Published on December 17th, 2014 | by Allan Brown0
Interview: Michael Smiley
It has been 16 years since Michael Smiley graced our screens as the raving bike courier Tyres O’Flaherty in Edgar Wright’s hilarious award winning comedy series; Spaced. From those small beginnings, Smiley has gone on to become one of the finest and most respected working actors in Britain today. His ability and range has seen him take on catalogue of varying roles from the comedic Burke and Hare and The Worlds End, to more serious dramas such as Black Sea, Luther, Black Mirror and of course Ben Wheatley’s Kill List to name but a few. Smiley is also an active voice for British independent film where he has be involved in many stunning smaller pictures such as Shell, For Those in Peril and the forthcoming My Name Is Emily.
Recently Michael was kind enough to grant me the opportunity to interview him on his stand-up comedy beginnings, his favourites roles, what and who inspires him and of course his future plans. Here is what he had to say;
From your early days as a stand-up comedian to now being one of the most respected actors and voices in the British film industry; it is safe to say you have come a long way. Does the lure of Hollywood appeal to you, and is it a transition you would like to make, or at least see yourself dabbling in, in the future?
Michael Smiley – For a start, that’s a very kind and generous view of my career!…Hollywood is the dream factory and my Da used to say “When yer dream becomes reality, it is a dream no more” Of course the idea of working in the States excites, but it’s always about the script, for me. I’ve been so lucky to have worked on some fantastic projects here…. I’d hate to travel that far and do something shite.
Which of your roles are you most proud of, and that has stayed with you the longest?
MS – I love Tyres…Tyres has been with me the longest, it’s unbelievable that people still recognise me from then, over 15 years ago. But I’d say I’m most proud of Pringle in Down Terrace, as it was my first film with Ben Wheatley and when I saw my performance, it was the first time I didn’t feel the hot ‘ping’ of embarrassment. I’m proud of all my characters from working with Ben, but Pringle was the first.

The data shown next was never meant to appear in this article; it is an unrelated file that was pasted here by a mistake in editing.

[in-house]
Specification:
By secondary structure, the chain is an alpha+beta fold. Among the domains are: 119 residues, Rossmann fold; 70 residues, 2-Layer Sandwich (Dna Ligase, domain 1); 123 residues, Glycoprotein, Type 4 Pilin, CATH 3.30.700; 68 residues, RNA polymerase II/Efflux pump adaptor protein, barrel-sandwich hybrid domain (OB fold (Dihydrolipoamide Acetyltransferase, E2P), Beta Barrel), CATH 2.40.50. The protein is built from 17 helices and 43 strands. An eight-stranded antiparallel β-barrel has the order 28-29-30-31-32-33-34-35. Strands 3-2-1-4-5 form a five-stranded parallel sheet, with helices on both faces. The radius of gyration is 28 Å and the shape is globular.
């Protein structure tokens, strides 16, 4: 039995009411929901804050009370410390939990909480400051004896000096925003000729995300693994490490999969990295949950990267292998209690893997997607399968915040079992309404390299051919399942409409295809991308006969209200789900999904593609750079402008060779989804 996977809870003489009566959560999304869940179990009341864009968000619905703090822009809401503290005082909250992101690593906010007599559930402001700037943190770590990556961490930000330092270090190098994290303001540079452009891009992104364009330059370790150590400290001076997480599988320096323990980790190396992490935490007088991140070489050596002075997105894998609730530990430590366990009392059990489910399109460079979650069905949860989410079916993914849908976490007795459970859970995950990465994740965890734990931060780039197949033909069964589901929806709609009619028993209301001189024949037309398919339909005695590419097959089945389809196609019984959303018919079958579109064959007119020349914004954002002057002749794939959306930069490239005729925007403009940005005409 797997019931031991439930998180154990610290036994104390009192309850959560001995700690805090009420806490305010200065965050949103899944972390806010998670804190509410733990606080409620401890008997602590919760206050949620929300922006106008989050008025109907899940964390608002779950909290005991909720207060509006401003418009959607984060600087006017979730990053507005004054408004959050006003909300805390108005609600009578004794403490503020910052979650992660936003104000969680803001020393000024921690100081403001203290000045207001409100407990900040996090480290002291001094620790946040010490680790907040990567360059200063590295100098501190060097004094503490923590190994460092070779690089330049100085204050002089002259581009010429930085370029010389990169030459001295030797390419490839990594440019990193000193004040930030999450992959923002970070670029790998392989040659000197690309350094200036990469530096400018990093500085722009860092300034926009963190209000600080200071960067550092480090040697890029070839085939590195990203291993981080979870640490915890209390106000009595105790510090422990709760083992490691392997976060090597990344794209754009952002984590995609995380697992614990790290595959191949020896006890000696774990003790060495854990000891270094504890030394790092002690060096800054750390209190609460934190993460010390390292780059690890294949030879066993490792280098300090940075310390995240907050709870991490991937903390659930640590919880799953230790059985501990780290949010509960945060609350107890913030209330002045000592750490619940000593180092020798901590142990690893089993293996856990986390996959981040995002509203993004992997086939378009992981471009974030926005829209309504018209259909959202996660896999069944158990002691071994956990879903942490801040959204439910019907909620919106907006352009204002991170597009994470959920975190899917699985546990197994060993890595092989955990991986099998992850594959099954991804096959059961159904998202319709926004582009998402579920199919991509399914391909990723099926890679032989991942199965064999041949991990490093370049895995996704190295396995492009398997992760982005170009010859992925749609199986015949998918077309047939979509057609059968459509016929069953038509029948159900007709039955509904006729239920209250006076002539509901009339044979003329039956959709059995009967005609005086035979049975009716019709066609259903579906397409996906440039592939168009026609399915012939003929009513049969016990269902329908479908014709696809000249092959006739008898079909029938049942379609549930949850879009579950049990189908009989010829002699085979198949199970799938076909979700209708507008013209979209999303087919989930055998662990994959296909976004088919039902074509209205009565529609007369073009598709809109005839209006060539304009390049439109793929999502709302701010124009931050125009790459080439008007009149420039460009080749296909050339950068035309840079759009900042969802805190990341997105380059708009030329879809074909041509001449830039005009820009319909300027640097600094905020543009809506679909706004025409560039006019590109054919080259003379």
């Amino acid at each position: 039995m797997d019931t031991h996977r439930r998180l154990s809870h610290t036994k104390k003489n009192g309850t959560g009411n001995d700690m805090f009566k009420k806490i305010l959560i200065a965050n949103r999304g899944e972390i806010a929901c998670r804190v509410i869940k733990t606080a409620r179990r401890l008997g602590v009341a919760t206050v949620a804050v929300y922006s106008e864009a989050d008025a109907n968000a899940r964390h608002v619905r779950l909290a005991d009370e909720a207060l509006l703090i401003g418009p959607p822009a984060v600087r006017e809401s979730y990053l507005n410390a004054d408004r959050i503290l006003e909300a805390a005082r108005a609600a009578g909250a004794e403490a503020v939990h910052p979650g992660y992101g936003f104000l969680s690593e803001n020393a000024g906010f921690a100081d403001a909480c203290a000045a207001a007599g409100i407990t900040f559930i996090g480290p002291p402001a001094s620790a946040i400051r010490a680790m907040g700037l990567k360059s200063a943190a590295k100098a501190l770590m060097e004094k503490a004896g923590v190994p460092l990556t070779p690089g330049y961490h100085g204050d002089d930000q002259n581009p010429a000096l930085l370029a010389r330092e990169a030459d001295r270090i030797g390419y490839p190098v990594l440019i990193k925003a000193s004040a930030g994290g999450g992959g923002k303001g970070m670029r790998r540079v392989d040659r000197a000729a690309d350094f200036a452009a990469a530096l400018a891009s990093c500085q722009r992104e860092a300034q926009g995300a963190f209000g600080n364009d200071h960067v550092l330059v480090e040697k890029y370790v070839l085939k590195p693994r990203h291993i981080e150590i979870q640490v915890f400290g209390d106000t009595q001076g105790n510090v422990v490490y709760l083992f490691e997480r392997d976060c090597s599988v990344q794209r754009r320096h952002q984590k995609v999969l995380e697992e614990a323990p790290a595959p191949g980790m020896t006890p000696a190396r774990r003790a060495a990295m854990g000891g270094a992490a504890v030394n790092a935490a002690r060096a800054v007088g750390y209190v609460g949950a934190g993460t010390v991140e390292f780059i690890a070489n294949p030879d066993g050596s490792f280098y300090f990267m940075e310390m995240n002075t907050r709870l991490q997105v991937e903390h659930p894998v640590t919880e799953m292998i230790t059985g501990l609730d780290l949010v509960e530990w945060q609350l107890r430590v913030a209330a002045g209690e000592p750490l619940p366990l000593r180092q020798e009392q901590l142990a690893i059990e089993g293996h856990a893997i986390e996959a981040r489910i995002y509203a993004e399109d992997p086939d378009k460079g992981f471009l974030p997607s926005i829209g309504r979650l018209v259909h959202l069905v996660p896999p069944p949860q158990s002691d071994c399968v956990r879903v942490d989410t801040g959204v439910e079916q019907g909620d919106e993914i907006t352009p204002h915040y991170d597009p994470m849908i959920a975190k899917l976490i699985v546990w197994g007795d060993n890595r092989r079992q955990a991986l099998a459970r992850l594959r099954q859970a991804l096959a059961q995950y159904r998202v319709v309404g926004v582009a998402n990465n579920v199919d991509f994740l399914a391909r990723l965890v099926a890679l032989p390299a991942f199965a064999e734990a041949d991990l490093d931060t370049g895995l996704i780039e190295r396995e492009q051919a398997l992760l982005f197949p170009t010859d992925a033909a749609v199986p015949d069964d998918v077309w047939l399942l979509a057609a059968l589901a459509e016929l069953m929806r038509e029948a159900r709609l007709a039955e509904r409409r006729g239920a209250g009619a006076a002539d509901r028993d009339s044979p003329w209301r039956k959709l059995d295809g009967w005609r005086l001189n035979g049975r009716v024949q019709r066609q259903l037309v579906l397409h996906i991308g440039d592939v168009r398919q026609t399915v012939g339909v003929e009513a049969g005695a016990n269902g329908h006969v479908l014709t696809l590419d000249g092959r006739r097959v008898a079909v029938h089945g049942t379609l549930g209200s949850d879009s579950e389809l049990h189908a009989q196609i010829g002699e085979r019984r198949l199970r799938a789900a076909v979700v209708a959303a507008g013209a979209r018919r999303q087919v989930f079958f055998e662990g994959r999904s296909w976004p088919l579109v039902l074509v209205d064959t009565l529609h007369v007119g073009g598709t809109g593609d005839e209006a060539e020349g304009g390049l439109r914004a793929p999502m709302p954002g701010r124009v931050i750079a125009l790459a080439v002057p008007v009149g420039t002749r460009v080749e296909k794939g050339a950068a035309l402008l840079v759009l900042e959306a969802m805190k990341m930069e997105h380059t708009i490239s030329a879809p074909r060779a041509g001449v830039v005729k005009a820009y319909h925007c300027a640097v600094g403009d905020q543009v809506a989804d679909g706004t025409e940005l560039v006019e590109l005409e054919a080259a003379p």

Which actor inspires you the most?
MS – Ben is a massive inspiration, he’s full of ideas and projects. He’s cut his own turf in the sense of he’s as much his own man as he can be. I love hanging out with him, he’s fucking hilarious and interesting and inspiring. He’s one of the good’uns and I know enough wrong’uns!…….
Neil Maskell is an actor and a man I admire tremendously, he has integrity and intelligence. His approach to a character is thorough, he takes his craft really seriously, so prepares accordingly and then goes and smashes it into the cheap seats. Plus he’s fucking great crack, one of the joys in life is to meet him for a coffee, tell stories and try to make each other laugh. Time is never wasted in Maskell’s company, I love him.
I’ve just finished a film called My Name Is Emily, written and directed by Simon Fitzmaurice, who has Motor Neurone Disease….completely incapacitated, locked into his body like Stephen Hawkins. He wrote this beautiful, funny, heart wrenching, soul enriching script and a BOOK , (called It’s Not Dark Yet ) using a retina recognition programme! Then he went on and directed the film with clarity and vision. He is a true inspiration.